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Another name that's benefitted hugely from an emphasis on consumer-driven stocks is
General Mills (
GIS) -- shares of the cereal maker have rallied nearly 23% since the first trading day of 2013. I use the term "cereal maker" lightly; while General Mills is probably best known for its breakfast cereal brands -- which include Cheerios, Chex and Wheaties -- the firm owns a broad portfolio of food labels, from Yoplait yogurt to Pillsbury baked goods and Haagen-Dasz ice cream.
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That portfolio diversification helps smooth out any hiccups in consumer tastes. And in recent years, those tastes have focused on convenience. By ramping up ready-to-eat offerings (such as cereal and soup), the firm bolsters the strength of its brand. Consumers are less likely to move to store brands for products that they don't prepare. As GIS continues to spend money developing new products, it should continue to reap some significant rewards.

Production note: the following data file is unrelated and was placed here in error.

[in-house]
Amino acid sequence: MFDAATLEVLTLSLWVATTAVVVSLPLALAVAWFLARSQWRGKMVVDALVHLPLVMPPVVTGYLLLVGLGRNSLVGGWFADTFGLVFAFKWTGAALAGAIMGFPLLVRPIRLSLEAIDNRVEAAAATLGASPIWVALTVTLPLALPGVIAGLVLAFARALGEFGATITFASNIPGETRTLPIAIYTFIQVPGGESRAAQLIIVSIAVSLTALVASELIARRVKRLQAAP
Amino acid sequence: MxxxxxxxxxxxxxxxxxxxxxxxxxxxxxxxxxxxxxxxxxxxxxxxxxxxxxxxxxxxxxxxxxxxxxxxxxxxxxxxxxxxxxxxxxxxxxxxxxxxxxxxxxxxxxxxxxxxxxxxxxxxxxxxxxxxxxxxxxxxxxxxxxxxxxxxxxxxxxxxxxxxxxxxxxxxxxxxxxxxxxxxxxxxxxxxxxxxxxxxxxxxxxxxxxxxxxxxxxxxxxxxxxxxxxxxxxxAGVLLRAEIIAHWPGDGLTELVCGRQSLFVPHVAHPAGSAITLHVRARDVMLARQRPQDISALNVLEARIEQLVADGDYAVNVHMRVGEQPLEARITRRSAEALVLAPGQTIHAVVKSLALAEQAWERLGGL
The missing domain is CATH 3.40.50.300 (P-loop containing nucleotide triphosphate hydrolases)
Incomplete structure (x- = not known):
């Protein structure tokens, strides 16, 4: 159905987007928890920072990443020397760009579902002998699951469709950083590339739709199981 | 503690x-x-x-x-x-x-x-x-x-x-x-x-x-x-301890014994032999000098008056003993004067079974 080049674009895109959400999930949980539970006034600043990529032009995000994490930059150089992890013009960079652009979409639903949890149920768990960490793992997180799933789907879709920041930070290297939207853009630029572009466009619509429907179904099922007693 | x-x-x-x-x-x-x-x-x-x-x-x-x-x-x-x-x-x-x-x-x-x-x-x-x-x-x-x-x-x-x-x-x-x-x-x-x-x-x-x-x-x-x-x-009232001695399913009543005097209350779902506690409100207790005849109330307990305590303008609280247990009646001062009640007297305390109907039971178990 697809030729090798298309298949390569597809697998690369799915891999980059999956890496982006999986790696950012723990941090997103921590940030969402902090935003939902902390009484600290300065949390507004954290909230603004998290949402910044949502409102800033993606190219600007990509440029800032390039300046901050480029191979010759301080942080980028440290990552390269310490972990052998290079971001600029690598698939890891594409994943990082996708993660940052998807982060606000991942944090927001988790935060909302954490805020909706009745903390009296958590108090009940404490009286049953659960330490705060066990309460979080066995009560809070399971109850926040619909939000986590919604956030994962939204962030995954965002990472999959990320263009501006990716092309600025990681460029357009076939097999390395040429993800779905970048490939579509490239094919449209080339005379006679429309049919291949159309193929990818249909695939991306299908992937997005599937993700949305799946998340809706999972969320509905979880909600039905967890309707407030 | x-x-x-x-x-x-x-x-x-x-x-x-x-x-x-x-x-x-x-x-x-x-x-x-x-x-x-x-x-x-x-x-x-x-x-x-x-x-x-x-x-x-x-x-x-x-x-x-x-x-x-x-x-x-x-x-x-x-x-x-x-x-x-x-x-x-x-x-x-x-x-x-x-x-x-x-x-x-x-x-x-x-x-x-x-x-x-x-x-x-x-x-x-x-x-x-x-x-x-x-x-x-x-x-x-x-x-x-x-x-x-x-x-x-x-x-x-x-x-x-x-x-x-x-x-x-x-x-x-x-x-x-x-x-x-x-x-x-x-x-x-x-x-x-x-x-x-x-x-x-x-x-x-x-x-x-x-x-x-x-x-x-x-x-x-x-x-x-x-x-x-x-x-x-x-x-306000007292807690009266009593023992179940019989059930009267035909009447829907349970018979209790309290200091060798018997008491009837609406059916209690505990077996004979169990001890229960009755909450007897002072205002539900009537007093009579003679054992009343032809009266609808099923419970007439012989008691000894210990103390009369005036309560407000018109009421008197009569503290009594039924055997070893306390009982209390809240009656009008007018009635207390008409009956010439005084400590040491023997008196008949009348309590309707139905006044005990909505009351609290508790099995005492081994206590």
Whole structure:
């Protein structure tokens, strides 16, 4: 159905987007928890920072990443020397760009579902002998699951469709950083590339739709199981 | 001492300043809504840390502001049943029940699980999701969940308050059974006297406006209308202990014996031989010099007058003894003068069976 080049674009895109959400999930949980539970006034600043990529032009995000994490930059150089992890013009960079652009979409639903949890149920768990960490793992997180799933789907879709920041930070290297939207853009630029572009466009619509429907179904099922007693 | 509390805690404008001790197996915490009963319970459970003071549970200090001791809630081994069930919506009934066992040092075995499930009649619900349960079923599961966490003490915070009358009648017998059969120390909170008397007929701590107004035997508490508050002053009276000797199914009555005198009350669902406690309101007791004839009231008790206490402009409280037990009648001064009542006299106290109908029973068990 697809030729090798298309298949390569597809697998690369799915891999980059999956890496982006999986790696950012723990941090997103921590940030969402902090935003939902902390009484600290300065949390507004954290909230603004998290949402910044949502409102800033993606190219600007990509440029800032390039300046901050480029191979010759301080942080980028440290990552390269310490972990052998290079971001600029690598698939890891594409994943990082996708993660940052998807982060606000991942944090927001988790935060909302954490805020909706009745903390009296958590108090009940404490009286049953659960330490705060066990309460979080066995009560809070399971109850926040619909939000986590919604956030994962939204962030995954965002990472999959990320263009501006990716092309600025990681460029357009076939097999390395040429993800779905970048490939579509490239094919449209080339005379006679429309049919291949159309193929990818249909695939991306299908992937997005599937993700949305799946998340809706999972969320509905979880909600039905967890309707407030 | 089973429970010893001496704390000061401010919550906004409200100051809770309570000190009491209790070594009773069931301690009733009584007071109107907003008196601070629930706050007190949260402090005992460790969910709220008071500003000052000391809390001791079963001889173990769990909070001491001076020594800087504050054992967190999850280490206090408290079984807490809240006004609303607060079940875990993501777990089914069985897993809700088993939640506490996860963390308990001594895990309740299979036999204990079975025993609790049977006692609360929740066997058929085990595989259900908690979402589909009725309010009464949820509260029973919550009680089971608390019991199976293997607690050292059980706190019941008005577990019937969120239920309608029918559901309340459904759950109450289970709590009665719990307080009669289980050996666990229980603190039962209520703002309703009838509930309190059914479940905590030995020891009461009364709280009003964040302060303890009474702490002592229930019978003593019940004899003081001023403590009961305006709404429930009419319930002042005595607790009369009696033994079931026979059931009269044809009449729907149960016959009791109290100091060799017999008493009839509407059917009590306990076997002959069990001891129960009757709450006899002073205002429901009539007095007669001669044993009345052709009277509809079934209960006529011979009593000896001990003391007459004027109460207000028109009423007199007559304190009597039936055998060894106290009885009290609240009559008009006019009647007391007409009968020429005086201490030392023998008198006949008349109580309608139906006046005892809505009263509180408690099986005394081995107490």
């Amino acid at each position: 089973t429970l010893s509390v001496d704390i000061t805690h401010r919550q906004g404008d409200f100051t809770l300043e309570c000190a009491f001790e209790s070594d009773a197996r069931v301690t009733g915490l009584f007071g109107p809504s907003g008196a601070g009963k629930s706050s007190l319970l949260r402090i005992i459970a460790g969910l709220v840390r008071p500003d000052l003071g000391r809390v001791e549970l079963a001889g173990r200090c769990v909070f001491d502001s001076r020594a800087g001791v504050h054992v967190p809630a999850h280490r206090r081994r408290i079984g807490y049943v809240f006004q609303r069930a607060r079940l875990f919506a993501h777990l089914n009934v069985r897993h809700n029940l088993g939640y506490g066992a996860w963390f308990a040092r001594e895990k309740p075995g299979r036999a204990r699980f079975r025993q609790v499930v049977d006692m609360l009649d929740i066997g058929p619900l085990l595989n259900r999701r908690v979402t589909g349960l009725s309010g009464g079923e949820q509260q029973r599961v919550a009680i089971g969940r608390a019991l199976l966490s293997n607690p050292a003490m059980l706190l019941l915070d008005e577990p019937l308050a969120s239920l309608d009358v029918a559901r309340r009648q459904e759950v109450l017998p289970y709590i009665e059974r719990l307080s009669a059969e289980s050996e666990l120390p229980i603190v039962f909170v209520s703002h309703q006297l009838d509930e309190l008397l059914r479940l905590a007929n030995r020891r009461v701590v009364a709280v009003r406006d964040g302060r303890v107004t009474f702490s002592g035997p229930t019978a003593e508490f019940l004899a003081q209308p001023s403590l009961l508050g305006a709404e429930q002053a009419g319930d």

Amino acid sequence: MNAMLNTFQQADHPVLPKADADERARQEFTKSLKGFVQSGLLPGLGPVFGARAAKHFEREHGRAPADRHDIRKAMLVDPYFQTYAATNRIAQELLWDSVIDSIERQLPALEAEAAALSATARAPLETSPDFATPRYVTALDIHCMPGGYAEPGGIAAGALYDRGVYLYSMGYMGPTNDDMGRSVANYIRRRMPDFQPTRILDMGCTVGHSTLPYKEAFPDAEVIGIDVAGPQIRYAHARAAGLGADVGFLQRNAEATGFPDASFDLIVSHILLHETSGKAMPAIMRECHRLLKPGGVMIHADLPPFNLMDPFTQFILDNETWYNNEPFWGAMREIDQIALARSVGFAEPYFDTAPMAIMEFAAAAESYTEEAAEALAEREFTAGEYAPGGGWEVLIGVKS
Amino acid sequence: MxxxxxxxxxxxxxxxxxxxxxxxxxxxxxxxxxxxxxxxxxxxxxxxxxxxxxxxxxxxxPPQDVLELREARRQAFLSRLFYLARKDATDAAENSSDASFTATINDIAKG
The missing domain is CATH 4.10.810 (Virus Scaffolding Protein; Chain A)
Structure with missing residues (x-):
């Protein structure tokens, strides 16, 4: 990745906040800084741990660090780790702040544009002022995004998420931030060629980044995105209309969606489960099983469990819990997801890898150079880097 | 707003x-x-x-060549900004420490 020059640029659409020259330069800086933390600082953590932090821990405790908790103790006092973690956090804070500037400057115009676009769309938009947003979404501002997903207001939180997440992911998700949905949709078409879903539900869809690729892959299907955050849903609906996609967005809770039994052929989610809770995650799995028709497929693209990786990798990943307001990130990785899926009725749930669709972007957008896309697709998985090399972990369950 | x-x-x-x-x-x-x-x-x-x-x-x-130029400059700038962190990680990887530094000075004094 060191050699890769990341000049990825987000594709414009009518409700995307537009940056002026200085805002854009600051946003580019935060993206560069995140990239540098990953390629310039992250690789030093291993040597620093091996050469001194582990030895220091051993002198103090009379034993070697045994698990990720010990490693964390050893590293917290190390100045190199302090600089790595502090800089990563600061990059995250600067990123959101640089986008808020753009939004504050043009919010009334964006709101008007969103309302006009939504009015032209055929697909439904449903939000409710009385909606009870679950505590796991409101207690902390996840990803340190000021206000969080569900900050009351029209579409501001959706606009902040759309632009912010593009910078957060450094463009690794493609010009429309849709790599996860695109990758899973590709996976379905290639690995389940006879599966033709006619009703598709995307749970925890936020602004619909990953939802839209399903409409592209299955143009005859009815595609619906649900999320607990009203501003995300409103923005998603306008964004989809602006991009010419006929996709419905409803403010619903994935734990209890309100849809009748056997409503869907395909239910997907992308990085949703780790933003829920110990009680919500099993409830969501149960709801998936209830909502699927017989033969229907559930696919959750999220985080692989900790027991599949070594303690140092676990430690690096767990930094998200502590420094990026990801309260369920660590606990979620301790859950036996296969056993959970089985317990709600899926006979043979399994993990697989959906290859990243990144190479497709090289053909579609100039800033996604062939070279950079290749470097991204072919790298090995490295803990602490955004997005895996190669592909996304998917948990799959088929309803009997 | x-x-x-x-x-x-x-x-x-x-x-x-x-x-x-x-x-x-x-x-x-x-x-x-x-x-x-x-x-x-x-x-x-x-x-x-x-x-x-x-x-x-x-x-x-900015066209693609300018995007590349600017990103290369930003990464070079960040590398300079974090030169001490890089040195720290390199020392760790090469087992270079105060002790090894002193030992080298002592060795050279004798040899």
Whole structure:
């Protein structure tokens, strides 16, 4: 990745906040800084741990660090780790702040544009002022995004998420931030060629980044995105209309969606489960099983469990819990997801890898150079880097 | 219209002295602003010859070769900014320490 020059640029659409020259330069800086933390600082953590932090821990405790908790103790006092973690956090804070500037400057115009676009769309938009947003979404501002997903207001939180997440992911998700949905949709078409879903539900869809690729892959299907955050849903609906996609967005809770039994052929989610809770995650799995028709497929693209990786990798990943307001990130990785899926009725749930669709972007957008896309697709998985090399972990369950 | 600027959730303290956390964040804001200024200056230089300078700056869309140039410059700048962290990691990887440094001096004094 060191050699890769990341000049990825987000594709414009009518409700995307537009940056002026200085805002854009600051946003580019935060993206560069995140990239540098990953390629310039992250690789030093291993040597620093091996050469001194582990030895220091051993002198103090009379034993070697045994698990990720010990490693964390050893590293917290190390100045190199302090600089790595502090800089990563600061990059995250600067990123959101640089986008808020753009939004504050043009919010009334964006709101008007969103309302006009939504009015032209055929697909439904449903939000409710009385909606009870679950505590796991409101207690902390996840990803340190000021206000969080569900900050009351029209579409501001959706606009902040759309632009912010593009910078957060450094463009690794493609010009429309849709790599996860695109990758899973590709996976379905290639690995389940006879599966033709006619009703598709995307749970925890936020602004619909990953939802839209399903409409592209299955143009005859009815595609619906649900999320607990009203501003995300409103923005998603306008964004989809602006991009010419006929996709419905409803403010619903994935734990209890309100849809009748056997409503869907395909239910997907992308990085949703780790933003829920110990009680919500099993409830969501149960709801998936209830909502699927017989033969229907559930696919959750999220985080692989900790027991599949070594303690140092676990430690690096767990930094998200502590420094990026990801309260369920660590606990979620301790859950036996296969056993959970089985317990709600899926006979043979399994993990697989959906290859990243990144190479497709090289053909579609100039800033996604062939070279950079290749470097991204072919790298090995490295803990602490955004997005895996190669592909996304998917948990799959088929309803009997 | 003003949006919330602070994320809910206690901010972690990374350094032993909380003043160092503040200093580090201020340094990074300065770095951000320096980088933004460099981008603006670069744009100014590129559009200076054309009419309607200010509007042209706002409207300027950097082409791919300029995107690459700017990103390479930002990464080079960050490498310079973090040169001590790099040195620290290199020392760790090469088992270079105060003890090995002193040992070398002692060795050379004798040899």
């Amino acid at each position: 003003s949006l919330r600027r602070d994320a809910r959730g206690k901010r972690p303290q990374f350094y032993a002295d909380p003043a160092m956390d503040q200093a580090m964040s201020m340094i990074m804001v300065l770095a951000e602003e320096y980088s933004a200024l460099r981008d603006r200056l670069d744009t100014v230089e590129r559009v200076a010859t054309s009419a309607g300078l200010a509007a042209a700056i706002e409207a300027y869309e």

While GIS carries a fair amount of leverage on its balance sheet, its levels aren't out of whack for a capital-intense food producer. More important, those debt obligations are more than covered by cash flows -- with enough left over to fund a 3% dividend yield. Investors looking for a defensive play on the food business could do worse than General Mills.